Insurer Data Reveals Hospitality Payment Failures Up By 43% YOY

The UK’s second-largest trade credit insurer, Atradius, has revealed the number of claims they received in the hospitality sector increased year-on-year by 43% in Q3 2023, as they urge pubs and restaurants to diversify to overcome a potentially quiet first quarter in the new year.

The sector has faced significant challenges in recent years as firms battled with rising costs, increasing energy costs, and staff shortages. While the falling inflation rate and improving interest rate have increased consumer confidence, feeding into the 46% decrease in claims quarter-on-quarter in Q3, there is still a major concern for firms as Atradius predicts a quieter-than-usual Q1.

Experts at Atradius suggest that while there are some encouraging signs of recovery in the sector – with 37% of business owners operating at a higher profit margin than in the same period last year[1] – hospitality firms must plan ahead to safeguard themselves and their businesses against an expected dip in consumer spending.

Owen Bassett, insolvency and hospitality expert at Atradius UK, advises:

“It’s safe to say that the hospitality sector has, like all of us, had a turbulent few years since the COVID-19 pandemic, particularly with economic uncertainty, rising costs and staffing challenges in the fallout. Despite this, many hospitality firms have weathered the storm and continue to do so, which is heartening to see. Ultimately businesses that can show agility in operating costs, supply chains, and consumer offerings are showing the most resilience, and we are now urging hospitality businesses to look at where opportunities lie in 2024.

“In 2023, we saw consumers seek out experiences that were either high-end or affordable and accessible. This benefitted fast food brands, while we saw a downturn for mid-range restaurants, for example. We are predicting that there will be a high street revival in 2024, as consumers seek out engaging in-person experiences. In fact, nearly half (44%) of consumers would prioritise an in-person experience over purchasing items, even if their spending is reduced.[2]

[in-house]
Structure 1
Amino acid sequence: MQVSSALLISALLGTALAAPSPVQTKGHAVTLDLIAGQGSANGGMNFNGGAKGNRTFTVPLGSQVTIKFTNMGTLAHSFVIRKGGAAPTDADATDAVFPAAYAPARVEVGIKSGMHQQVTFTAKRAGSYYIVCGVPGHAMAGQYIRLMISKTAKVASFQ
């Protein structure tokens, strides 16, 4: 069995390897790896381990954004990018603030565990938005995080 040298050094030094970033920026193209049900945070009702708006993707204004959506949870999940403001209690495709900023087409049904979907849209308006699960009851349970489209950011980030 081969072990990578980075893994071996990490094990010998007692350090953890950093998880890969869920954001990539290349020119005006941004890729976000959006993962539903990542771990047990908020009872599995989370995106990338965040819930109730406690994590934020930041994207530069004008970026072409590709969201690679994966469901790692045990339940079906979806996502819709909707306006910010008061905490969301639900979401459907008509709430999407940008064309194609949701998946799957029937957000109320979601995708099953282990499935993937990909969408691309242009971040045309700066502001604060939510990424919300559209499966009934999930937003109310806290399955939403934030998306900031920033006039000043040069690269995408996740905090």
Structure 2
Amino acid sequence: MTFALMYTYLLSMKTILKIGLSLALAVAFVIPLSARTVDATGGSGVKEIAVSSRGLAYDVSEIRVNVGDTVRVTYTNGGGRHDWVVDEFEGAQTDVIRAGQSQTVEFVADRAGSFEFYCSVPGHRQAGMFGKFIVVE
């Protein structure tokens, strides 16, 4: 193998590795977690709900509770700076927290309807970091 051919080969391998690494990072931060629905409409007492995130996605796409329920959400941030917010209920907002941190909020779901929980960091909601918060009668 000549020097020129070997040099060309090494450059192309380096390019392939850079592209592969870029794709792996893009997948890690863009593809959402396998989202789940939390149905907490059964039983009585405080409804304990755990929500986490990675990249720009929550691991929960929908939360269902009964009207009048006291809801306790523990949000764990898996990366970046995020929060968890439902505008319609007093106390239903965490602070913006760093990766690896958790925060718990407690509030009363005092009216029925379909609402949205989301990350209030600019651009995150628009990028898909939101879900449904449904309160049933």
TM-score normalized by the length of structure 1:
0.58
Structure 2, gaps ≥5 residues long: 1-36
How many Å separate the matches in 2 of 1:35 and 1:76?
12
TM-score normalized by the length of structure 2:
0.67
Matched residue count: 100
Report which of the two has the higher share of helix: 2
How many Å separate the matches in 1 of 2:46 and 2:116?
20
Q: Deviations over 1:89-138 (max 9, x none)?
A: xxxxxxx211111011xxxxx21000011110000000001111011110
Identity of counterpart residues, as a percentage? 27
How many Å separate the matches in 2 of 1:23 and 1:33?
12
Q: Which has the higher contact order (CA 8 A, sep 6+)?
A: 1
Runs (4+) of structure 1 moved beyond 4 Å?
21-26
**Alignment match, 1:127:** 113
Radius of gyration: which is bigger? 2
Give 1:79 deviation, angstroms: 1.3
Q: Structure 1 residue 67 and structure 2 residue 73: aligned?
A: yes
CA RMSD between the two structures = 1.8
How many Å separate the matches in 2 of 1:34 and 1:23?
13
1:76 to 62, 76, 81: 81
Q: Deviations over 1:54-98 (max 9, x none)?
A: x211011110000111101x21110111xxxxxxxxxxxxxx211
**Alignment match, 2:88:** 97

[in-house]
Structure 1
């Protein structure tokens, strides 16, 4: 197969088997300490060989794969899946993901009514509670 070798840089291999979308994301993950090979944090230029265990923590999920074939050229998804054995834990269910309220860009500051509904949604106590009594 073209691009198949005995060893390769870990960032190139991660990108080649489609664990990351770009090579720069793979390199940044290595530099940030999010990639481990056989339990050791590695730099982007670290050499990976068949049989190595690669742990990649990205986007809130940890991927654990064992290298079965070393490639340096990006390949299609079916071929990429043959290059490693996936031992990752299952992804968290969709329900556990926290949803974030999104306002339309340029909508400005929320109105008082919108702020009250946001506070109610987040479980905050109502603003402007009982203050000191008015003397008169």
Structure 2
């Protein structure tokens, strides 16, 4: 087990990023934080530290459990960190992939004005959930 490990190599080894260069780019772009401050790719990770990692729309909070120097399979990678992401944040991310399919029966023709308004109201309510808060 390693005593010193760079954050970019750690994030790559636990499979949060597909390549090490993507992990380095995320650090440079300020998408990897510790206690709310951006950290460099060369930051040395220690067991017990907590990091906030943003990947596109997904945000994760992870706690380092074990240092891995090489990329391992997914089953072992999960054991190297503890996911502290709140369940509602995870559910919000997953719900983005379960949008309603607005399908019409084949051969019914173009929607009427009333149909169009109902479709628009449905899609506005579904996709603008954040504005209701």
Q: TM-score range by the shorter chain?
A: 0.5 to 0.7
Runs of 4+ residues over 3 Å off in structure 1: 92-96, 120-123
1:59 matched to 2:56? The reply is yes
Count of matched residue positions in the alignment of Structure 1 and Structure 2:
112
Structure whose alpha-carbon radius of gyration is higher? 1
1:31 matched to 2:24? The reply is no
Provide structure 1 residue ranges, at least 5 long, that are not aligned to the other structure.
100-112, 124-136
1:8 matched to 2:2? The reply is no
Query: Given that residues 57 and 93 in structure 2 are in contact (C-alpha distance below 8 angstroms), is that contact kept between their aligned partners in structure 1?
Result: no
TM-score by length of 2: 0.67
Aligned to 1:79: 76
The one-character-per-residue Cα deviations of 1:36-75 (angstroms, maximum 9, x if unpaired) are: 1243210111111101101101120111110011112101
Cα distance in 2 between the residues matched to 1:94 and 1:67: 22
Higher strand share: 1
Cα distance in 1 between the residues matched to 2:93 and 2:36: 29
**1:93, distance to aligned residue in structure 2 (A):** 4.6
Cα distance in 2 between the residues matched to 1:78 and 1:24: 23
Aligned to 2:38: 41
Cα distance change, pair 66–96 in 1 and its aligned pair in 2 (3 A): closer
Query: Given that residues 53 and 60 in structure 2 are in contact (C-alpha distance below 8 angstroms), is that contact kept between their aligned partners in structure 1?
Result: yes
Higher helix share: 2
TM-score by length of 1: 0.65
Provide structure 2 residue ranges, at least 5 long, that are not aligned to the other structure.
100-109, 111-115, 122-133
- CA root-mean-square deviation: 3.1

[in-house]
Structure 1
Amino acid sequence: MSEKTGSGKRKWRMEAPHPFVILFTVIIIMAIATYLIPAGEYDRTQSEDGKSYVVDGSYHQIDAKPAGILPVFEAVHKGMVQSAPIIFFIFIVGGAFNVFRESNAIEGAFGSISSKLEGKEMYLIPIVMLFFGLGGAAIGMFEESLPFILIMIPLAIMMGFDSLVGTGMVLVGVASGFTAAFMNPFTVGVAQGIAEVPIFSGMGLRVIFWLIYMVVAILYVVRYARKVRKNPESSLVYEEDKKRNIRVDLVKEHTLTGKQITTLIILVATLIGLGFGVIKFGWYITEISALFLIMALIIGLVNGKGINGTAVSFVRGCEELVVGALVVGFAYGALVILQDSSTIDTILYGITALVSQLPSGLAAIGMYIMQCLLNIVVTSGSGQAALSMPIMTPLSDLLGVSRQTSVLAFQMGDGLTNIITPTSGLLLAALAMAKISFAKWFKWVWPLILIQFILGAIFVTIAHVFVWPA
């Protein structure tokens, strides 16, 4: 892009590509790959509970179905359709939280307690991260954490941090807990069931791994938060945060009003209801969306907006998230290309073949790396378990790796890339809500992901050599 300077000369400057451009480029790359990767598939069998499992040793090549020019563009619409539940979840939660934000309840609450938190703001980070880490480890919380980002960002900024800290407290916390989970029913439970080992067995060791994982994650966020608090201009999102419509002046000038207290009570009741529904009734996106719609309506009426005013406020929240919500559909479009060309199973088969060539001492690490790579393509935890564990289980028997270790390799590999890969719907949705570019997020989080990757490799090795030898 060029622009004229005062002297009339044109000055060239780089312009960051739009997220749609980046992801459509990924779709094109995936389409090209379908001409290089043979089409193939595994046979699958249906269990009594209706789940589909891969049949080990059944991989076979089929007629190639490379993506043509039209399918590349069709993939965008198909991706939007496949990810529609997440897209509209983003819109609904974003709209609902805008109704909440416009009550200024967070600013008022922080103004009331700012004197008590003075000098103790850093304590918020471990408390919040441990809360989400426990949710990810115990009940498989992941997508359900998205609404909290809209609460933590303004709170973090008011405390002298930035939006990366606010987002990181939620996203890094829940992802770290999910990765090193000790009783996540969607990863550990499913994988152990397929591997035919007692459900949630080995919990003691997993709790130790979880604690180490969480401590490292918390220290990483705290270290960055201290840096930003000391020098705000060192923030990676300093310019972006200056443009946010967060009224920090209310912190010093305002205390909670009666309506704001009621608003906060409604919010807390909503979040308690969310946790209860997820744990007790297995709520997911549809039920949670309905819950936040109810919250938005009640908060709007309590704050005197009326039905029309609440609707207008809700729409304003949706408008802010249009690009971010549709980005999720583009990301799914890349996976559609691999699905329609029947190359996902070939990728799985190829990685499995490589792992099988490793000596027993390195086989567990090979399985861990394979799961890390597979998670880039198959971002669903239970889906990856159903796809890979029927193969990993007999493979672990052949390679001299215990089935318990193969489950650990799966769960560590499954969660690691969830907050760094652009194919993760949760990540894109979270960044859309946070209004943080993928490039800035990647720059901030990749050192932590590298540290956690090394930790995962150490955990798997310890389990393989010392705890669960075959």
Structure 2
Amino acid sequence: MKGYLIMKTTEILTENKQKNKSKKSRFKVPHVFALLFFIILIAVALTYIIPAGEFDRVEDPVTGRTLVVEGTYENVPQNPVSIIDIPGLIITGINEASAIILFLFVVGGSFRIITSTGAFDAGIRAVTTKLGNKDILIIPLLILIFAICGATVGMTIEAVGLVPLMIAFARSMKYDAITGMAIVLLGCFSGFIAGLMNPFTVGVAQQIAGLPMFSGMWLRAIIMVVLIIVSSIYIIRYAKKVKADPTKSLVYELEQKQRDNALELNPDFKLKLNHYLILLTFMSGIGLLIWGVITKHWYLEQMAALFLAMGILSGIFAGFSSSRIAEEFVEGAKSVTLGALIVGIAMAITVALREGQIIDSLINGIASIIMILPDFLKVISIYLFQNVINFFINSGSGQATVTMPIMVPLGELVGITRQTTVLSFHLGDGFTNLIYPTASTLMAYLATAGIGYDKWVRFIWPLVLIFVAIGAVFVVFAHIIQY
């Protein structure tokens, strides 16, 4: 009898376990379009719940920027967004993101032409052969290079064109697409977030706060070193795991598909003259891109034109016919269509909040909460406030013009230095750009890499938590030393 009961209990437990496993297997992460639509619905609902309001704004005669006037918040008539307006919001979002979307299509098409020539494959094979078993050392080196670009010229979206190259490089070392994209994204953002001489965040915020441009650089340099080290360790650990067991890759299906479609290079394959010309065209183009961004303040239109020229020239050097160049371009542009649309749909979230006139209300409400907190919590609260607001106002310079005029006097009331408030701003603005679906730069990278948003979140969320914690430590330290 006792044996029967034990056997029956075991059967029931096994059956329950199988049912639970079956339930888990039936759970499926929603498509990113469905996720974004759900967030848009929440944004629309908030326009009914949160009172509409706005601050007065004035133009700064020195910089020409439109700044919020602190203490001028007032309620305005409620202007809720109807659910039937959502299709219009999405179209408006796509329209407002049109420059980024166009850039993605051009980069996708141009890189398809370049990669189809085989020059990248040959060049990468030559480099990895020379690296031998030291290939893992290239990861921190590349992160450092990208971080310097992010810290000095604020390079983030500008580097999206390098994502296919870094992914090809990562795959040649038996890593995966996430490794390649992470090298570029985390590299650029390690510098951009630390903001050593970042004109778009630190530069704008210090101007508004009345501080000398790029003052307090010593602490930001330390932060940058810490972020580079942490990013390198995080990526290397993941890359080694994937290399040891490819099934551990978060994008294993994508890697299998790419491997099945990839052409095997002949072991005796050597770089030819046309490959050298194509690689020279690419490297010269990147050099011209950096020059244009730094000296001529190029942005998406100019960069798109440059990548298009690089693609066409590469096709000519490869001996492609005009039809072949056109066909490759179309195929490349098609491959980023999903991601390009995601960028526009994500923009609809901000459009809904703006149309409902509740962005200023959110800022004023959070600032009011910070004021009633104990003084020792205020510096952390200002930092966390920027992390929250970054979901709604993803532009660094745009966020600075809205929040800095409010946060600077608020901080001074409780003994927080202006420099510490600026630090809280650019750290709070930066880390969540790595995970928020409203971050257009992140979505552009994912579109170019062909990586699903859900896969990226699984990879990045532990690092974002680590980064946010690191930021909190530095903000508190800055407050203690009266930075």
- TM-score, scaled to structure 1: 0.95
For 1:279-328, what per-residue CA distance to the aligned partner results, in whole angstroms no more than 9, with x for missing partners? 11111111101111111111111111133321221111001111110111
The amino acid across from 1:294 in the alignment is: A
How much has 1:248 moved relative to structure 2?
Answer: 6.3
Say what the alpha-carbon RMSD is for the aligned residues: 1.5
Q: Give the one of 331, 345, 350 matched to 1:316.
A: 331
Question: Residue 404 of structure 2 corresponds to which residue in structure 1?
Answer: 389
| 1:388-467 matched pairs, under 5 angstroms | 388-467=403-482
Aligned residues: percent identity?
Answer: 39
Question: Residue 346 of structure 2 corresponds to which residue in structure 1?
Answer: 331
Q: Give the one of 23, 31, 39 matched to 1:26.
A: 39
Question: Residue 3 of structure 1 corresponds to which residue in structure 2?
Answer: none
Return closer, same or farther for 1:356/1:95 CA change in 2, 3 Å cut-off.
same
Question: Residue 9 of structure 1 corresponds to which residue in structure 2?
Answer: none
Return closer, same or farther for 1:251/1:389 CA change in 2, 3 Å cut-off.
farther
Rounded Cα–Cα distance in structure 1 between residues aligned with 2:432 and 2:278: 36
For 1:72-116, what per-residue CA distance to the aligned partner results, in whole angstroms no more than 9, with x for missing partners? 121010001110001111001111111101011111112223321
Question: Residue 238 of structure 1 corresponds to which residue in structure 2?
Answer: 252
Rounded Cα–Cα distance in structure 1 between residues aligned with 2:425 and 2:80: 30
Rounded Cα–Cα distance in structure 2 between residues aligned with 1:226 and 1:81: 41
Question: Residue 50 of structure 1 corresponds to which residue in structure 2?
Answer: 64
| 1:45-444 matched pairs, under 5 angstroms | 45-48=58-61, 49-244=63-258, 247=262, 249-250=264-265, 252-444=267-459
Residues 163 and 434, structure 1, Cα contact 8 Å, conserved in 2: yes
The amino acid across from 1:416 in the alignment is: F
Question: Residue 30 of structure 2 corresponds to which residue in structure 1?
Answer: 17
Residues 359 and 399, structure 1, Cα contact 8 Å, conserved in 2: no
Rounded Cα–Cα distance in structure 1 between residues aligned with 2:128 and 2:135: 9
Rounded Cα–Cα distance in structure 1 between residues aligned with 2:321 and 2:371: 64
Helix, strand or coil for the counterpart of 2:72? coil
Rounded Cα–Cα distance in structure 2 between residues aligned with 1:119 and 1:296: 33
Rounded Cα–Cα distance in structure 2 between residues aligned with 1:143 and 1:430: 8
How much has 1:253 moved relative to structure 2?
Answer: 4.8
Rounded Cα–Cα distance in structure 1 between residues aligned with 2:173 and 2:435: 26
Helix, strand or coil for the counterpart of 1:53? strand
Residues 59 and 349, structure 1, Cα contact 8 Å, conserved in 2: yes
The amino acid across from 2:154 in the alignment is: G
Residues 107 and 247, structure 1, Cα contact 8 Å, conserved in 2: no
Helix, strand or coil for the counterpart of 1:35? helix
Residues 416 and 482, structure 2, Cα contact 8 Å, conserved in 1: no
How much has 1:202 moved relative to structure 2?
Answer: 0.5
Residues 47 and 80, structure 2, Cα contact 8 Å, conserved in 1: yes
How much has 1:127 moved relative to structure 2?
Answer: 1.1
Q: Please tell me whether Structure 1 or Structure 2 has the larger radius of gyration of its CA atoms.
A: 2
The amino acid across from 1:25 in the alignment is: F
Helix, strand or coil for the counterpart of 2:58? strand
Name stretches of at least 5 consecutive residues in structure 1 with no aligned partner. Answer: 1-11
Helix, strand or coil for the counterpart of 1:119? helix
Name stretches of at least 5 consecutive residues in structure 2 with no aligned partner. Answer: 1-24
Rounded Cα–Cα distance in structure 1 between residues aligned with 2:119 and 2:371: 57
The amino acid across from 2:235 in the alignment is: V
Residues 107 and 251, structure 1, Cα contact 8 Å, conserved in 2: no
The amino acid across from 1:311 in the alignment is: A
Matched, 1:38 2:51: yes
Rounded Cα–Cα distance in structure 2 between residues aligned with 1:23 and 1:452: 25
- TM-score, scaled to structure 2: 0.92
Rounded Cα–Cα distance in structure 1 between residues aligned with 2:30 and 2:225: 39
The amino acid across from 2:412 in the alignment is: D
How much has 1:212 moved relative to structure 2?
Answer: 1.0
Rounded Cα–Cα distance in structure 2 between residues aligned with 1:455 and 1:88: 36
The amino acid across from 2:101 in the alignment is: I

“Staying tuned in to consumer habits will be vital for hospitality firms, especially as we approach a quieter-than-normal January. Consumer priorities, such as convenient online experiences (for example using booking apps), sustainable practices, and the largest uplift in recreation and culture that we saw in Q1 2023, all highlight a major opportunity for businesses that can overcome a downturn in consumer spending.[3]

“While business rates are expected to increase in April, with a predicted £1.56 billion impact on businesses, it is still unclear exactly what support will be offered to firms hit hard by this. The election may bring more support for businesses that are under pressure, but taking active steps to safeguard business’s finances during busy seasons is the best way to ensure resilience for your business. Proactive financial planning, such as safeguarding supply chains and credit agreements – a significant vulnerability – with insurance, to avoid the ‘domino effect’ of insolvency can make all the difference as we enter a quieter period.”

“In 2024, hospitality workers can safeguard their businesses by staying attuned to evolving consumer preferences and industry trends. Embracing technology will be crucial, from implementing user-friendly online booking systems and mobile apps to leveraging social media for marketing and customer engagement, all the while adapting to consumer trends. Hospitality businesses remaining agile and adaptable to unforeseen challenges will be crucial in navigating the dynamic landscape of the hospitality industry in 2024 and ensuring that their businesses continue to prosper”.